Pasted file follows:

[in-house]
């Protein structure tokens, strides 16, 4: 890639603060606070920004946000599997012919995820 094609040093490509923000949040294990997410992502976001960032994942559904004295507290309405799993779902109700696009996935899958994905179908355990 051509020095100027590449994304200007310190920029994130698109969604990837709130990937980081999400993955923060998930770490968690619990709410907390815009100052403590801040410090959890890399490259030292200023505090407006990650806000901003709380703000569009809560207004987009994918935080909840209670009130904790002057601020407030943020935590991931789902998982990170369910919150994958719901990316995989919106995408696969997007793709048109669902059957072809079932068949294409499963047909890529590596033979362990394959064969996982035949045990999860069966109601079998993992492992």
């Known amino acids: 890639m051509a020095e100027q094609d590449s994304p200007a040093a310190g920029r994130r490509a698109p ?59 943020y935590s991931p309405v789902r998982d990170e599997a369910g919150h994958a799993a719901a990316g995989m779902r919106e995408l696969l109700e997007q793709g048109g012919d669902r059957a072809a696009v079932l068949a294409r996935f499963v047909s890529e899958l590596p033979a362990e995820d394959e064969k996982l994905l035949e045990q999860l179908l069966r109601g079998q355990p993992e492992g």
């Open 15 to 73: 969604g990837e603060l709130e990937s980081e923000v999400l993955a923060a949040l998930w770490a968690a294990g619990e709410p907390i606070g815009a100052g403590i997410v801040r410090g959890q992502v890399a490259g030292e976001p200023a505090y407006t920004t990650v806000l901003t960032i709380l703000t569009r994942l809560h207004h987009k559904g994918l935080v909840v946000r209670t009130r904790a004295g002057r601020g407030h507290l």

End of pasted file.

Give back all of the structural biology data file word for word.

[in-house]
């Protein structure tokens, strides 16, 4: 890639603060606070920004946000599997012919995820 094609040093490509923000949040294990997410992502976001960032994942559904004295507290309405799993779902109700696009996935899958994905179908355990 051509020095100027590449994304200007310190920029994130698109969604990837709130990937980081999400993955923060998930770490968690619990709410907390815009100052403590801040410090959890890399490259030292200023505090407006990650806000901003709380703000569009809560207004987009994918935080909840209670009130904790002057601020407030943020935590991931789902998982990170369910919150994958719901990316995989919106995408696969997007793709048109669902059957072809079932068949294409499963047909890529590596033979362990394959064969996982035949045990999860069966109601079998993992492992």
């Known amino acids: 890639m051509a020095e100027q094609d590449s994304p200007a040093a310190g920029r994130r490509a698109p ?59 943020y935590s991931p309405v789902r998982d990170e599997a369910g919150h994958a799993a719901a990316g995989m779902r919106e995408l696969l109700e997007q793709g048109g012919d669902r059957a072809a696009v079932l068949a294409r996935f499963v047909s890529e899958l590596p033979a362990e995820d394959e064969k996982l994905l035949e045990q999860l179908l069966r109601g079998q355990p993992e492992g």
């Open 15 to 73: 969604g990837e603060l709130e990937s980081e923000v999400l993955a923060a949040l998930w770490a968690a294990g619990e709410p907390i606070g815009a100052g403590i997410v801040r410090g959890q992502v890399a490259g030292e976001p200023a505090y407006t920004t990650v806000l901003t960032i709380l703000t569009r994942l809560h207004h987009k559904g994918l935080v909840v946000r209670t009130r904790a004295g002057r601020g407030h507290l």